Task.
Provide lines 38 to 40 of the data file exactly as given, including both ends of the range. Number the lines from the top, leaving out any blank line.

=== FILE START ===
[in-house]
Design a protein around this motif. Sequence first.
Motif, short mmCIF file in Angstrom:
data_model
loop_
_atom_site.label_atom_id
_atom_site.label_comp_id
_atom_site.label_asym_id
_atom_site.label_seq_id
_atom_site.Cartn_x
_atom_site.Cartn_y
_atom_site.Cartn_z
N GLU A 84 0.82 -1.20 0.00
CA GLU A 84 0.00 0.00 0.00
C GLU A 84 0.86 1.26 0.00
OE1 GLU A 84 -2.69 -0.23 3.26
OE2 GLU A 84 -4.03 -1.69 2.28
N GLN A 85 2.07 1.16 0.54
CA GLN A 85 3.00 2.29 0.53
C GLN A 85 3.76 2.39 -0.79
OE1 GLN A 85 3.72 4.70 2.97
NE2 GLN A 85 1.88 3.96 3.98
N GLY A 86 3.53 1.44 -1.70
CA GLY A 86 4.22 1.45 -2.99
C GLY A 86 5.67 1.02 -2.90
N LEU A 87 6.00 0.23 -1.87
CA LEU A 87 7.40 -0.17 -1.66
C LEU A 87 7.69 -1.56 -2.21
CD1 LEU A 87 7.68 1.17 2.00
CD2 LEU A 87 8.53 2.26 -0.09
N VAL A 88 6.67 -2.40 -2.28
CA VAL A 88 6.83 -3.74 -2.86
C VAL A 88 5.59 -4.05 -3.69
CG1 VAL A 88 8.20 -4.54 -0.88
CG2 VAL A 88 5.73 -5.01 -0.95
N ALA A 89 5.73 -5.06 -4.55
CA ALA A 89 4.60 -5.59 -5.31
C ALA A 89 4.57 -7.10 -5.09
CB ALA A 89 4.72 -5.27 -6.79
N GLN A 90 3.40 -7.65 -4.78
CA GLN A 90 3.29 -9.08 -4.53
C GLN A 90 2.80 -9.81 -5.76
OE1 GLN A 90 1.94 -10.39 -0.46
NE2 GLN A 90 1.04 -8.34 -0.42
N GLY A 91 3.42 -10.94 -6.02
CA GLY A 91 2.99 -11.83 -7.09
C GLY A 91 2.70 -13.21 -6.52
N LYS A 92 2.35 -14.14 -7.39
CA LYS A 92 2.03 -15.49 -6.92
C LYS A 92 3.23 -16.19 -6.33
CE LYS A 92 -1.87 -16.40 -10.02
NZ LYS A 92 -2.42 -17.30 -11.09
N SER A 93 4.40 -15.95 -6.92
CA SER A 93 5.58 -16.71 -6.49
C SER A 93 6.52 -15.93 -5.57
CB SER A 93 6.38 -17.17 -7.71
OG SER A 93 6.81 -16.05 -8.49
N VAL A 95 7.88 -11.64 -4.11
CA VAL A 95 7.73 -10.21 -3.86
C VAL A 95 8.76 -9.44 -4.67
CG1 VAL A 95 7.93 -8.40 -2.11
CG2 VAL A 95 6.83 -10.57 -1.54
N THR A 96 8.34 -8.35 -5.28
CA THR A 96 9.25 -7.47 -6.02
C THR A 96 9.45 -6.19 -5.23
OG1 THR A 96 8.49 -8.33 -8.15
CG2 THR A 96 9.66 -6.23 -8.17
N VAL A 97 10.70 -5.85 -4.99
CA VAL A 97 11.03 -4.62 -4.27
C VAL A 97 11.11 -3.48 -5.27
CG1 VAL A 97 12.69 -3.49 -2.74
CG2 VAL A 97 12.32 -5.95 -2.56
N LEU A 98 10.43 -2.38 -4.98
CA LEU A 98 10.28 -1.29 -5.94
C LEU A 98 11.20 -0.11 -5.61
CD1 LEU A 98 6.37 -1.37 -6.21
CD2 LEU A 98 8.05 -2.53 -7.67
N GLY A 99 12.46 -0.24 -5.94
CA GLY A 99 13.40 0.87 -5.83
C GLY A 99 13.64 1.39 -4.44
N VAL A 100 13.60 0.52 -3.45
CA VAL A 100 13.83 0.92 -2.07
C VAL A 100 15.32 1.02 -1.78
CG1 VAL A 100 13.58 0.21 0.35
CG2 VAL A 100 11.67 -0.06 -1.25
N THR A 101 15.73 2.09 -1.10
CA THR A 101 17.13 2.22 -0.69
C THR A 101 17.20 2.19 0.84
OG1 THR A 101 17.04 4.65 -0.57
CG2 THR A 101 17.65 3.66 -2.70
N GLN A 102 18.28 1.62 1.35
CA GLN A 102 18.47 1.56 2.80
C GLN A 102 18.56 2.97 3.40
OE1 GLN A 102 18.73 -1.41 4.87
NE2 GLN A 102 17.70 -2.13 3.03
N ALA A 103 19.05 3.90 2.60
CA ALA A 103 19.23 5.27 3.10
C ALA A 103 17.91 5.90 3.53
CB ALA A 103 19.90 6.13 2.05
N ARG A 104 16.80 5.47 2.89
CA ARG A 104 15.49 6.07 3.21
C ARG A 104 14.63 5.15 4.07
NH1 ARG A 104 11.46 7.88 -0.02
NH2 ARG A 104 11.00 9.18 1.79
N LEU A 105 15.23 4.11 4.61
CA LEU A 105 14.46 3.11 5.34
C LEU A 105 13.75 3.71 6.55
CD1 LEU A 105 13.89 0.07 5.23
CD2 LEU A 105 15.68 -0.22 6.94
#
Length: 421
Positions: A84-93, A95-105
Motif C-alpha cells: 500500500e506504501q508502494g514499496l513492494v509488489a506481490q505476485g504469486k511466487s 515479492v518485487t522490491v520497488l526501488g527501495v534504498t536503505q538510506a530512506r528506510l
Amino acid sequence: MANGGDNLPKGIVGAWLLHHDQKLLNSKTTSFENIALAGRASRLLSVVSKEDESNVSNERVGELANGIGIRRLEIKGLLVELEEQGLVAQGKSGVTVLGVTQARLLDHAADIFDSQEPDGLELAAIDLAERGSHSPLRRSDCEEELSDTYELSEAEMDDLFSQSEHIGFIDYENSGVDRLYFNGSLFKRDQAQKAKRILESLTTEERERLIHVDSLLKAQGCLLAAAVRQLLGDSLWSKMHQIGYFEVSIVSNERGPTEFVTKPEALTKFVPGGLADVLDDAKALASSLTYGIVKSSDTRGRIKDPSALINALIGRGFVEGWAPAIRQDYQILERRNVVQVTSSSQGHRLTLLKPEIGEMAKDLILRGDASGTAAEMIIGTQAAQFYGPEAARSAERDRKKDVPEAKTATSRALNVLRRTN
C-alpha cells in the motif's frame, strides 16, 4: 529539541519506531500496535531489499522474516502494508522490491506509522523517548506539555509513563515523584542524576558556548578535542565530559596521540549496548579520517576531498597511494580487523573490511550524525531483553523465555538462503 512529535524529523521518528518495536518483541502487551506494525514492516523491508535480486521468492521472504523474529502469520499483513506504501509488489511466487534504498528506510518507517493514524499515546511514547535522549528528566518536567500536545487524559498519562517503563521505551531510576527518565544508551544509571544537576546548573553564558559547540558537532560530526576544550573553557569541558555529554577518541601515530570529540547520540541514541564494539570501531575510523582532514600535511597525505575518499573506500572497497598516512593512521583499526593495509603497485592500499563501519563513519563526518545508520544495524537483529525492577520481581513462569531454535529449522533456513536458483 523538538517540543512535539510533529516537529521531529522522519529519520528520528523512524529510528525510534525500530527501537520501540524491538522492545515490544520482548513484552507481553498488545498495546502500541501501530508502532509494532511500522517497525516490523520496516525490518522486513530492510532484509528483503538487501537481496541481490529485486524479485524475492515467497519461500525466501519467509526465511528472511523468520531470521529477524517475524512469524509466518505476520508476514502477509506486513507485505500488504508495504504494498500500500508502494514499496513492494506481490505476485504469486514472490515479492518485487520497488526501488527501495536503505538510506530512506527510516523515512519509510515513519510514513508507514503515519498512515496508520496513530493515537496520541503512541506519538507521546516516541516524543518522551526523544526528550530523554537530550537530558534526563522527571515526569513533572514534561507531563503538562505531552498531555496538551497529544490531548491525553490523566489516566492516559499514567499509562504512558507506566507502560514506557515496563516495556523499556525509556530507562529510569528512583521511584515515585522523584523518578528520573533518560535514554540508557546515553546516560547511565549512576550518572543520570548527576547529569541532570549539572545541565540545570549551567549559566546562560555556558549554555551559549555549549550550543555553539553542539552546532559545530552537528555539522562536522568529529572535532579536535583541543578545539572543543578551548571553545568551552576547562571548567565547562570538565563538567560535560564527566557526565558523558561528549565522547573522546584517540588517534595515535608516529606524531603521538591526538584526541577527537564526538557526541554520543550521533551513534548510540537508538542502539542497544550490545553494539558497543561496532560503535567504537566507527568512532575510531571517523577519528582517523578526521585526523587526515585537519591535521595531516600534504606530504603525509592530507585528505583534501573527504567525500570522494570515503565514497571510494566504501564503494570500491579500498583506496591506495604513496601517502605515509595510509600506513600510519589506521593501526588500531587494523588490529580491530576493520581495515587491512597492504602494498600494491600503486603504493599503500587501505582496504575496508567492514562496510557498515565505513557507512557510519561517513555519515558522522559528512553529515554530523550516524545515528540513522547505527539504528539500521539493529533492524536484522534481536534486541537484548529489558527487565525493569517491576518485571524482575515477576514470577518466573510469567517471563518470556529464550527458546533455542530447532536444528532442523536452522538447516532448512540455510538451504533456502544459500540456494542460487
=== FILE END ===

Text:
C ALA A 89 4.57 -7.10 -5.09
CB ALA A 89 4.72 -5.27 -6.79
N GLN A 90 3.40 -7.65 -4.78